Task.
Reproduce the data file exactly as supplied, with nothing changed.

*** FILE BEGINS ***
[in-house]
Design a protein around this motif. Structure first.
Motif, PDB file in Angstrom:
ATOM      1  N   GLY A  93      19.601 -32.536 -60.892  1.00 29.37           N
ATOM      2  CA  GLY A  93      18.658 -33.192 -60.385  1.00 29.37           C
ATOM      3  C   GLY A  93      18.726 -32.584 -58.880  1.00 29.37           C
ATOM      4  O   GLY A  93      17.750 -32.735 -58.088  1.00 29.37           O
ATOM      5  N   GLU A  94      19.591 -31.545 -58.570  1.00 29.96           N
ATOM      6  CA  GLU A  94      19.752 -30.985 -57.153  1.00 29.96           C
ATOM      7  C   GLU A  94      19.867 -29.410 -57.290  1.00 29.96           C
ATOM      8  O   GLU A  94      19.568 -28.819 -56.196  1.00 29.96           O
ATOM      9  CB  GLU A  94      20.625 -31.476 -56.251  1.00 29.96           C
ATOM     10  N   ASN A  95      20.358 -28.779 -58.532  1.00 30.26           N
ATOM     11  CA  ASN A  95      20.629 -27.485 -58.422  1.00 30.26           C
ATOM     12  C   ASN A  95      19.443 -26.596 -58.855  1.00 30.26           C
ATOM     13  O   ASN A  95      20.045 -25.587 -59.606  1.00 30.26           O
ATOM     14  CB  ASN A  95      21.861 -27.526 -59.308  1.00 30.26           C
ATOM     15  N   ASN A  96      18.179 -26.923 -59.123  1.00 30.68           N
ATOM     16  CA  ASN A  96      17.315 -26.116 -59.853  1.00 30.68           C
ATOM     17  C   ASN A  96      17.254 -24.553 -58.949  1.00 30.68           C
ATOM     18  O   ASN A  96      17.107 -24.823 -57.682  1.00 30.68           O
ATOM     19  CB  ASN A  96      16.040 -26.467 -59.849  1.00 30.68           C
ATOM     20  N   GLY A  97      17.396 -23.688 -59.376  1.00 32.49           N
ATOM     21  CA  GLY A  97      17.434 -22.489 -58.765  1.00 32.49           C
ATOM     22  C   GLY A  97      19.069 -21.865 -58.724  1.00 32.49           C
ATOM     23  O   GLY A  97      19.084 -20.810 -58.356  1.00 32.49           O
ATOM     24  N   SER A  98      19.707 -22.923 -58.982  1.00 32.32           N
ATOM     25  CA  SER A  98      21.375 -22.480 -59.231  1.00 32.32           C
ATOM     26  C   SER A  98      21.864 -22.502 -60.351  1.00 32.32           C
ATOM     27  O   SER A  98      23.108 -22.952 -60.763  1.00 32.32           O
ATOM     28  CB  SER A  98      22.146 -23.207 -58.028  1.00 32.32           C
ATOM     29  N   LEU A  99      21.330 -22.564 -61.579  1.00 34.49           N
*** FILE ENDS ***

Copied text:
[in-house]
Design a protein around this motif. Structure first.
Motif, PDB file in Angstrom:
ATOM      1  N   GLY A  93      19.601 -32.536 -60.892  1.00 29.37           N
ATOM      2  CA  GLY A  93      18.658 -33.192 -60.385  1.00 29.37           C
ATOM      3  C   GLY A  93      18.726 -32.584 -58.880  1.00 29.37           C
ATOM      4  O   GLY A  93      17.750 -32.735 -58.088  1.00 29.37           O
ATOM      5  N   GLU A  94      19.591 -31.545 -58.570  1.00 29.96           N
ATOM      6  CA  GLU A  94      19.752 -30.985 -57.153  1.00 29.96           C
ATOM      7  C   GLU A  94      19.867 -29.410 -57.290  1.00 29.96           C
ATOM      8  O   GLU A  94      19.568 -28.819 -56.196  1.00 29.96           O
ATOM      9  CB  GLU A  94      20.625 -31.476 -56.251  1.00 29.96           C
ATOM     10  N   ASN A  95      20.358 -28.779 -58.532  1.00 30.26           N
ATOM     11  CA  ASN A  95      20.629 -27.485 -58.422  1.00 30.26           C
ATOM     12  C   ASN A  95      19.443 -26.596 -58.855  1.00 30.26           C
ATOM     13  O   ASN A  95      20.045 -25.587 -59.606  1.00 30.26           O
ATOM     14  CB  ASN A  95      21.861 -27.526 -59.308  1.00 30.26           C
ATOM     15  N   ASN A  96      18.179 -26.923 -59.123  1.00 30.68           N
ATOM     16  CA  ASN A  96      17.315 -26.116 -59.853  1.00 30.68           C
ATOM     17  C   ASN A  96      17.254 -24.553 -58.949  1.00 30.68           C
ATOM     18  O   ASN A  96      17.107 -24.823 -57.682  1.00 30.68           O
ATOM     19  CB  ASN A  96      16.040 -26.467 -59.849  1.00 30.68           C
ATOM     20  N   GLY A  97      17.396 -23.688 -59.376  1.00 32.49           N
ATOM     21  CA  GLY A  97      17.434 -22.489 -58.765  1.00 32.49           C
ATOM     22  C   GLY A  97      19.069 -21.865 -58.724  1.00 32.49           C
ATOM     23  O   GLY A  97      19.084 -20.810 -58.356  1.00 32.49           O
ATOM     24  N   SER A  98      19.707 -22.923 -58.982  1.00 32.32           N
ATOM     25  CA  SER A  98      21.375 -22.480 -59.231  1.00 32.32           C
ATOM     26  C   SER A  98      21.864 -22.502 -60.351  1.00 32.32           C
ATOM     27  O   SER A  98      23.108 -22.952 -60.763  1.00 32.32           O
ATOM     28  CB  SER A  98      22.146 -23.207 -58.028  1.00 32.32           C
ATOM     29  N   LEU A  99      21.330 -22.564 -61.579  1.00 34.49           N